Racial profiling does not just affect those believed to be committing crimes based on their skin color. It also affects those trying to assert basic human rights such as voting in a presidential election. “Untold numbers, estimated to be in the thousands, were not given affidavit ballots that would preserve their votes pending resolution of any qualification issues. Even the state NAACP president was denied one until she stated her willingness to be jailed over the issue.

Most serious were the hundreds of reports, in African-American communities, of state police harassment of voters at polling places and traffic checkpoints, where they lined up cars, checking driving papers and inspecting vehicles. Racial profiling at its worst, this tactic appeared to be designed to delay and intimidate voters of color.” (ACLU, 2005). These individuals were purposely targeted because of the color of their skin. Many were denied their American right to vote. This was in the 2000 presidential election. Less than 12 years ago members of the African American race were being treated very similar to how they were treated when they first received the right to vote. In this election they were not terrorized by the Klu Klux Klan but by our own law enforcement officers.

    The age of an individual being racial profiled by our law enforcement is one thing that law enforcement officers do not discriminate on. Young or old they may stop you simply because of the color of your skin. Some youth in Michigan learned this first hand. " In April, 2001, the ACLU joined a suit against Eastpointe, Michigan , representing 21 young African-American men who were stopped by the police while riding their bikes there. The ACLU argued that the bicyclists were stopped in this predominantly white suburb of Detroit because of their race and not because they were doing anything wrong. In a 1996 memorandum to the Eastpointe City Manager, the former police chief stated that he instructed his officers to investigate any black youths riding through Eastpointe subdivisions. Police searched many of young men and, in some cases, seized and later sold their bicycles. Police logs and reports in Eastpointe have identified over 100 incidents between 1995 and 1998 in which African-American youth were detained.” (ACLU, 2005).

The state police of Maryland took no pity on an elderly African American couple when they pulled them over and searched them extensively. “In Maryland, in 1997, Charles and Etta Carter, an elderly African American couple from Pennsylvania, were stopped by Maryland State Police on their 40th wedding anniversary. The troopers searched their car and brought in drug-sniffing dogs. During the course of the search, their daughter's wedding dress was tossed onto one of the police cars and, as trucks passed on I-95, it was blown to the ground. Mrs. Carter was not allowed to use the restroom during the search because police officers feared that she would flee. Their belongings were strewn along the highway, trampled and urinated on by the dogs. No drugs were found and no ticket was issued.” (Harris, 1999). Law enforcement officers treated these elderly couple like criminals. They had done nothing wrong, had done nothing to instigate the stop other than ‘driving while black’.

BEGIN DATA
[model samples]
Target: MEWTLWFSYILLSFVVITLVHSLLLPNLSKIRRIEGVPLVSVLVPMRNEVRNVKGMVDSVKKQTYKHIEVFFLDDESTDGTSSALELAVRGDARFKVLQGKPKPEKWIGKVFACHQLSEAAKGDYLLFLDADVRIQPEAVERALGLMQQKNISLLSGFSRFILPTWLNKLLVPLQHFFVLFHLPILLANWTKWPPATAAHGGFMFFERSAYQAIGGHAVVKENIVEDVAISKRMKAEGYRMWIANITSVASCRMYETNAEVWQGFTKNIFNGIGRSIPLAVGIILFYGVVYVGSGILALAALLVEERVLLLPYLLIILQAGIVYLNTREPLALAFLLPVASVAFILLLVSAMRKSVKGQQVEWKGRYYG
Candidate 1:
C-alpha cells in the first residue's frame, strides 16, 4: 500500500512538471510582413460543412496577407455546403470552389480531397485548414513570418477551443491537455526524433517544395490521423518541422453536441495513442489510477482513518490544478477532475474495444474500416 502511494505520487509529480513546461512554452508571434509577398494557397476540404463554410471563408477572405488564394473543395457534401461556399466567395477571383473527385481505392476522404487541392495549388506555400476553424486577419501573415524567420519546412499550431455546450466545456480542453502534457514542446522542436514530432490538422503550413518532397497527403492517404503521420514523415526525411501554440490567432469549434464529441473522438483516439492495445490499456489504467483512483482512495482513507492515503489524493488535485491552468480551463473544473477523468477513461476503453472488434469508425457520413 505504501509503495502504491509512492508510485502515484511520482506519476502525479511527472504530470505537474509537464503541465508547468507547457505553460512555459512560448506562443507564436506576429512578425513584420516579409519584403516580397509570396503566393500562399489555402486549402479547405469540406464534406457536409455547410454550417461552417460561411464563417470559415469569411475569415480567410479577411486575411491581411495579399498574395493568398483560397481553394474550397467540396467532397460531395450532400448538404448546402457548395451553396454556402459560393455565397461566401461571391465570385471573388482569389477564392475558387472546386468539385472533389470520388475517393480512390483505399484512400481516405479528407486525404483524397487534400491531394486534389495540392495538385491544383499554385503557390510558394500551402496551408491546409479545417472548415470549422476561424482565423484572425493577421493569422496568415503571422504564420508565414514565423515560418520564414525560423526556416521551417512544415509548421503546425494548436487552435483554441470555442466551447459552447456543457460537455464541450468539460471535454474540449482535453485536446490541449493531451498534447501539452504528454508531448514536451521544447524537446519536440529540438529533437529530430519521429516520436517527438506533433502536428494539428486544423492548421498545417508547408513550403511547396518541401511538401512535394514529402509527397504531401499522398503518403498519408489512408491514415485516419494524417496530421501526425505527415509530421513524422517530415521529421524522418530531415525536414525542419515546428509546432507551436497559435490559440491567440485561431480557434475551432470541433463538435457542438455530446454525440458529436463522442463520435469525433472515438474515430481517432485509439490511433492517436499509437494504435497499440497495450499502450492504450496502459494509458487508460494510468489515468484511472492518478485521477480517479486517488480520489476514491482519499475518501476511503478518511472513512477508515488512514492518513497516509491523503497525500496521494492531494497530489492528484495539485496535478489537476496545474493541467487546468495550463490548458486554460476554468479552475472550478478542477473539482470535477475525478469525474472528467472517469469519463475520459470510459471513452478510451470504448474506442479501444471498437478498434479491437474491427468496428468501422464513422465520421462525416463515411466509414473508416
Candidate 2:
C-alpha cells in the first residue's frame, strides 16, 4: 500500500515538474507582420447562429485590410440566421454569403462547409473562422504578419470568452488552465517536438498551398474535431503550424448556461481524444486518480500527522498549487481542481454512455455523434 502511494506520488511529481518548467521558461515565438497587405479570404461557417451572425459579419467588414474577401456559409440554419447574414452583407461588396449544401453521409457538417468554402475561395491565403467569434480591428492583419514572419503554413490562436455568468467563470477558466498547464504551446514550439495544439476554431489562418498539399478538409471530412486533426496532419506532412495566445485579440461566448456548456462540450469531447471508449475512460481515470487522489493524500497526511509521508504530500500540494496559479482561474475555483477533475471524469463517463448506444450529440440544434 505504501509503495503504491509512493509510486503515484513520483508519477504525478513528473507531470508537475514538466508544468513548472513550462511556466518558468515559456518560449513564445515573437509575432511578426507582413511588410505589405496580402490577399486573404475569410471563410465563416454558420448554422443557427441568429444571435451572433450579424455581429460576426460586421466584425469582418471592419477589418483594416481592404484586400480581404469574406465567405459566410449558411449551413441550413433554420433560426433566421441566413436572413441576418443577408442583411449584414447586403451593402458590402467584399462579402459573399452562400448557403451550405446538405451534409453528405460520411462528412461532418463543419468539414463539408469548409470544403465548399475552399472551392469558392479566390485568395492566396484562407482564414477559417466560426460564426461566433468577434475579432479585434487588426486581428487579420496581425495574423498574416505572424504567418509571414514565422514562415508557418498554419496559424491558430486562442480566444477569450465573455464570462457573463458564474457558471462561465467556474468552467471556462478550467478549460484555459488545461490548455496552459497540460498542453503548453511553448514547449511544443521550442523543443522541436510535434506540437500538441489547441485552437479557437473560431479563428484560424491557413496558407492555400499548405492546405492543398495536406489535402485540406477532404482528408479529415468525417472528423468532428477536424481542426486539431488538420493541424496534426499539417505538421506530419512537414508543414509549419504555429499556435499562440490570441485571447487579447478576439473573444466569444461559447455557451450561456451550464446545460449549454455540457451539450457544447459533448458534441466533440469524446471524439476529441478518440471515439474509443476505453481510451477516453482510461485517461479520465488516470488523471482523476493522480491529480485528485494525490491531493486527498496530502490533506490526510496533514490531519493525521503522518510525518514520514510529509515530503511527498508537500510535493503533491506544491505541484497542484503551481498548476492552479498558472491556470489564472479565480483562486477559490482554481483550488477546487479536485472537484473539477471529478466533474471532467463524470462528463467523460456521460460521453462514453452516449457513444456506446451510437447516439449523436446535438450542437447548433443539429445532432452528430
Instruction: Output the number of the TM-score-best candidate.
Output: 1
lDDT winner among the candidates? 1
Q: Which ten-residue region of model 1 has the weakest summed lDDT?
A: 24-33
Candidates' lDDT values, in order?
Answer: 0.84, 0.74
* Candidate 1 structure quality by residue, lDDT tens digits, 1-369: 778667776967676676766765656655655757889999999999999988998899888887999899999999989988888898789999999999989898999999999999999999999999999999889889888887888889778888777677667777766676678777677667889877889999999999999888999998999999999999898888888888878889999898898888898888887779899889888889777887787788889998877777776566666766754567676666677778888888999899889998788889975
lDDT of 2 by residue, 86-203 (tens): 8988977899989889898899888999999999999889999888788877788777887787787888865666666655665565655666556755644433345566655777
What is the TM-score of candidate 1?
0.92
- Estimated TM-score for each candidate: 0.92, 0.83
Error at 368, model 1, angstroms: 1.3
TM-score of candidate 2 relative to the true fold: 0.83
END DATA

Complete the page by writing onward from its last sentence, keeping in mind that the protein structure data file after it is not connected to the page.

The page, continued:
How long will we as a society stand for this? To what point will we watch individuals be treated in such a vile, unconstitutional manner? Many of these people are hardworking, good, honest people who are being judged and violated with searches of their property simply because of the color of their skin. As we all know an individual’s race does not make them a criminal. We need to instill this idea in our children and fellow human beings. Everyone deserves a fair shake in life. 

Grant, K., & Byers, T. (2009). Missouri western state university. Retrieved from http://clearinghouse.missouriwestern.edu/manuscripts/403.php
In Text (Grant & Byers, 2009)

Harris, D. (1999, June 7). American civil liberties union. Retrieved from http://www.aclu.org/racial-justice/driving-while-black-racial-profiling-our-nations-highways
In text (Harris, 1999)

ACLU. (2005, Nov. 23). American civil liberties union. Retrieved from http://www.aclu.org/racial-justice/racial-profiling-definition
In text (ACLU, 2005)